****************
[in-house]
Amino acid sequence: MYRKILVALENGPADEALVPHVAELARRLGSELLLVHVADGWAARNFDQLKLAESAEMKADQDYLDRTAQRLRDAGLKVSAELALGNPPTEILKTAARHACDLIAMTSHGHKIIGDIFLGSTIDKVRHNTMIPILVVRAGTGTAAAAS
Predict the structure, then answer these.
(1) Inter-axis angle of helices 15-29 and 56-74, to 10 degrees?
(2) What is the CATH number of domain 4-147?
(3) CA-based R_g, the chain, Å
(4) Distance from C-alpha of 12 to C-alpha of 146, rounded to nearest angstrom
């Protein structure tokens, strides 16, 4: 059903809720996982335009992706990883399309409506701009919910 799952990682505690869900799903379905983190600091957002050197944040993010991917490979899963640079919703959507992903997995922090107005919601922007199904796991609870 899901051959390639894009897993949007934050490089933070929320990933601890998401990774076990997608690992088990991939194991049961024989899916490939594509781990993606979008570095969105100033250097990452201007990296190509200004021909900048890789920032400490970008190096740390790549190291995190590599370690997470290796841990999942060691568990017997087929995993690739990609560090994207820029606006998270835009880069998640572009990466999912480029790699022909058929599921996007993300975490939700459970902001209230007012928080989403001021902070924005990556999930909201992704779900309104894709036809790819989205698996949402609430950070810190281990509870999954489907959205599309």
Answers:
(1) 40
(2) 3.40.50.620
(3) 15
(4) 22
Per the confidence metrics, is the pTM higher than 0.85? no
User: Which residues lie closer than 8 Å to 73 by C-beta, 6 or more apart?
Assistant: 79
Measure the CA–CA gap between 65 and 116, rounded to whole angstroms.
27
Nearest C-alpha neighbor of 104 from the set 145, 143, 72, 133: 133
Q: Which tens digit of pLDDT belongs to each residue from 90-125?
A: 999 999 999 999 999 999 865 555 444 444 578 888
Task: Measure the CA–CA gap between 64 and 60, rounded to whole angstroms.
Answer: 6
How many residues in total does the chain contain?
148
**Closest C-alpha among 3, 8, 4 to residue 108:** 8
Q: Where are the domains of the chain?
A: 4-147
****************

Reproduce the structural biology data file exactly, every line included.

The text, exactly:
[in-house]
Amino acid sequence: MYRKILVALENGPADEALVPHVAELARRLGSELLLVHVADGWAARNFDQLKLAESAEMKADQDYLDRTAQRLRDAGLKVSAELALGNPPTEILKTAARHACDLIAMTSHGHKIIGDIFLGSTIDKVRHNTMIPILVVRAGTGTAAAAS
Predict the structure, then answer these.
(1) Inter-axis angle of helices 15-29 and 56-74, to 10 degrees?
(2) What is the CATH number of domain 4-147?
(3) CA-based R_g, the chain, Å
(4) Distance from C-alpha of 12 to C-alpha of 146, rounded to nearest angstrom
């Protein structure tokens, strides 16, 4: 059903809720996982335009992706990883399309409506701009919910 799952990682505690869900799903379905983190600091957002050197944040993010991917490979899963640079919703959507992903997995922090107005919601922007199904796991609870 899901051959390639894009897993949007934050490089933070929320990933601890998401990774076990997608690992088990991939194991049961024989899916490939594509781990993606979008570095969105100033250097990452201007990296190509200004021909900048890789920032400490970008190096740390790549190291995190590599370690997470290796841990999942060691568990017997087929995993690739990609560090994207820029606006998270835009880069998640572009990466999912480029790699022909058929599921996007993300975490939700459970902001209230007012928080989403001021902070924005990556999930909201992704779900309104894709036809790819989205698996949402609430950070810190281990509870999954489907959205599309």
Answers:
(1) 40
(2) 3.40.50.620
(3) 15
(4) 22
Per the confidence metrics, is the pTM higher than 0.85? no
User: Which residues lie closer than 8 Å to 73 by C-beta, 6 or more apart?
Assistant: 79
Measure the CA–CA gap between 65 and 116, rounded to whole angstroms.
27
Nearest C-alpha neighbor of 104 from the set 145, 143, 72, 133: 133
Q: Which tens digit of pLDDT belongs to each residue from 90-125?
A: 999 999 999 999 999 999 865 555 444 444 578 888
Task: Measure the CA–CA gap between 64 and 60, rounded to whole angstroms.
Answer: 6
How many residues in total does the chain contain?
148
**Closest C-alpha among 3, 8, 4 to residue 108:** 8
Q: Where are the domains of the chain?
A: 4-147